The Duncan Banner

December 3, 2012

Students delve into engineering

Rebeka Rutledge
The Duncan Banner

DUNCAN — Duncan Middle School seventh graders got a taste of what it takes to be in the engineering workforce when a Manufacturing Education Training System trailer visited their school Monday.

Duncan Area Economic Development Foundation and Duncan Public Schools brought the METS trailer to Duncan, funded by the Southwestern Oklahoma Impact Coalition through a grant from the Department of Commerce. METS shows students the basics of manufacturing, with the hope of teaching them what the field has to offer toward their future.

“It gives a preview to what careers they can have in Duncan,” said Carol Bowles, DMS assistant principal. “It gets the kids excited and gets them thinking about how math and science can come in handy after high school.”

Inside the trailer, engineers from Pioneer Technology Center, who run the educational unit, and manufacturers from the area talked to students about what they do and showed examples of the kinds of equipment they work with.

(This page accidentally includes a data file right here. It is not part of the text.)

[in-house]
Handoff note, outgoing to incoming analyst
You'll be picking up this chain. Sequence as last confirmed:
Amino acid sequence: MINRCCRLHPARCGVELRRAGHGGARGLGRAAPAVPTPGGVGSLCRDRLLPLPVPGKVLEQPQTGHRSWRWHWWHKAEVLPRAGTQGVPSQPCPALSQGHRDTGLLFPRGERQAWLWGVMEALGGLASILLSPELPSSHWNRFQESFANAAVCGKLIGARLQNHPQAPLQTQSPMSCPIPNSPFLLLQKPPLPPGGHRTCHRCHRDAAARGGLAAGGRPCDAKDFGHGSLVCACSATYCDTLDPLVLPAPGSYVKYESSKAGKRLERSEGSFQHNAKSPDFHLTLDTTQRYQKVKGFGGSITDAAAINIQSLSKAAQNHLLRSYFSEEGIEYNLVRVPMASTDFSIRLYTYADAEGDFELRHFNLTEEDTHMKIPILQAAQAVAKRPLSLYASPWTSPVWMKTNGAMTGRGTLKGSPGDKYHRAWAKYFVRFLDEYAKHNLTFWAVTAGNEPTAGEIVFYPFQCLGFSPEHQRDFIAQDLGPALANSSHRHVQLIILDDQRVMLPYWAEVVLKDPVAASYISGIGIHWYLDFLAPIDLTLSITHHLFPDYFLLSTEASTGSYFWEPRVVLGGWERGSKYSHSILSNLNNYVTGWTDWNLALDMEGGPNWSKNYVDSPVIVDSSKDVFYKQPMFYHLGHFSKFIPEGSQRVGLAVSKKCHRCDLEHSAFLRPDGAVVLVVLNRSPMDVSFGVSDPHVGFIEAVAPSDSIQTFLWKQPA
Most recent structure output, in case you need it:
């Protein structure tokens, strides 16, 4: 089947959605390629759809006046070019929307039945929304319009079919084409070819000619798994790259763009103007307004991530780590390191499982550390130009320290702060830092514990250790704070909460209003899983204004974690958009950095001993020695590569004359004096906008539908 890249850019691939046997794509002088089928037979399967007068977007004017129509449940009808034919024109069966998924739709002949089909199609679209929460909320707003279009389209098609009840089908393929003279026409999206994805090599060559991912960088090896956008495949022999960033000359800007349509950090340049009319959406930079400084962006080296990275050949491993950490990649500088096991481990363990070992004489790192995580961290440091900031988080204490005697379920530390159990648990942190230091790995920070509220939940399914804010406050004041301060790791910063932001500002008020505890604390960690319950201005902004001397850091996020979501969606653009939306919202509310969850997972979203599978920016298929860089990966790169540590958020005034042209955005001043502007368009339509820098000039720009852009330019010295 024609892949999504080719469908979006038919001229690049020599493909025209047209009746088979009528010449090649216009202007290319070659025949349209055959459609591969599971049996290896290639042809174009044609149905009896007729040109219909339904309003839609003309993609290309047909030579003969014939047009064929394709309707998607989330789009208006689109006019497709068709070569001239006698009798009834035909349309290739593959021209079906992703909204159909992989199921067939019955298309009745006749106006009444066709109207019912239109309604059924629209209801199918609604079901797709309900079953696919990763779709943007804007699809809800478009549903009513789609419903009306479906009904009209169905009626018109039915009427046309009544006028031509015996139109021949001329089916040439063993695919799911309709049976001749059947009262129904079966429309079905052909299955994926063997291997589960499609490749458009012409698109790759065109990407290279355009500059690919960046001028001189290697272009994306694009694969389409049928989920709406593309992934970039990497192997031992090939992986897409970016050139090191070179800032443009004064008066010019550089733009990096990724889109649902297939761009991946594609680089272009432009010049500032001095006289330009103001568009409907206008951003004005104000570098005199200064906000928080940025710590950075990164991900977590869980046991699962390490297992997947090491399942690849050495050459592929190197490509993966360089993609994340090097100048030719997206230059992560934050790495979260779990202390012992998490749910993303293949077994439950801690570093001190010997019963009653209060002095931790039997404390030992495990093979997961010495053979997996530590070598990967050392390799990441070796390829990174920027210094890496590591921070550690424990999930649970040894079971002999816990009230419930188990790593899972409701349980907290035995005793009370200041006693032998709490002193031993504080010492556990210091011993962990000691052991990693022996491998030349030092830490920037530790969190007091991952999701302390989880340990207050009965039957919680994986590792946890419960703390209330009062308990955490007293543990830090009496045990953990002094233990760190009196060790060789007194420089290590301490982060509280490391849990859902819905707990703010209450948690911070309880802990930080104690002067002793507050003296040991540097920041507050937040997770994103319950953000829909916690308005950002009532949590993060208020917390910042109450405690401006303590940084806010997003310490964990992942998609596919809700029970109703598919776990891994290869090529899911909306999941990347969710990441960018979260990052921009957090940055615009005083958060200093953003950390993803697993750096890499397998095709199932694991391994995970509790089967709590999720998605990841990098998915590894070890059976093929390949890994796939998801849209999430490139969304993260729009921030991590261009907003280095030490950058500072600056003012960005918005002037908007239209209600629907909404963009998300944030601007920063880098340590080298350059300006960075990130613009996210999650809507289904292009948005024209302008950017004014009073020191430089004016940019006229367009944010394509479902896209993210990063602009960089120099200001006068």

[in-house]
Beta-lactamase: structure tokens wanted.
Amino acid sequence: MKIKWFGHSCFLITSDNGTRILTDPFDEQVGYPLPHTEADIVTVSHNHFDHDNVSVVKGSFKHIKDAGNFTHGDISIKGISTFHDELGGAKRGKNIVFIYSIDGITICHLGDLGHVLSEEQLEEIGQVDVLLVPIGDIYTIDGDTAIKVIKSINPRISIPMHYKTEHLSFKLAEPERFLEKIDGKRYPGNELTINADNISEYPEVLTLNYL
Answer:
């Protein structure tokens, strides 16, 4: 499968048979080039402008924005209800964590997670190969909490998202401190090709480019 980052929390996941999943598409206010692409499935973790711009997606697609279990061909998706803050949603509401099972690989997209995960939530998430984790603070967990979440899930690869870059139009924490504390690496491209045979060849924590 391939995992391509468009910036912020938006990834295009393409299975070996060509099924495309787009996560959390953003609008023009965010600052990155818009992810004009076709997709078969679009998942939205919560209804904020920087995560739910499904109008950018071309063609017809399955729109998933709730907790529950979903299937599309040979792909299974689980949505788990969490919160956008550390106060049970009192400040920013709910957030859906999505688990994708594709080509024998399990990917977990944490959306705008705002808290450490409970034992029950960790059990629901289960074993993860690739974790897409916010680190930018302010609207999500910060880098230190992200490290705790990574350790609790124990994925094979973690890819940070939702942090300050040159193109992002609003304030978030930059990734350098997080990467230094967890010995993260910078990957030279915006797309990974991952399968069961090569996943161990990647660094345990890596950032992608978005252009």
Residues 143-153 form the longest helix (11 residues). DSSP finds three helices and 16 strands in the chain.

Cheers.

“We want you to be our next engineers because there are cool jobs out there and you can make good money,” said Steve Marquardt, independent coordinator for Pioneer.

Many of those jobs are already in and developing in the Duncan area, which is another reason DAEDF is supporting the early education of engineering in schools. These students are being shown that they can make a good living right here at home.

“There is a lot of engineering in Duncan and there is about 80 percent of it that the community isn’t even aware exists,” said Walt Lentz with Cameron Measurement.

The excitement and interest shone on several of the young student’s faces as they listened and asked questions. Some had had a previous interest in the area, while others developed interest after the trailer experience.

“I thought it was cool and I’m glad the school gave us this opportunity, it’s amazing,” said Mackenzi Cook. “I didn’t understand the hard work that goes into being an engineer and now I can understand better.”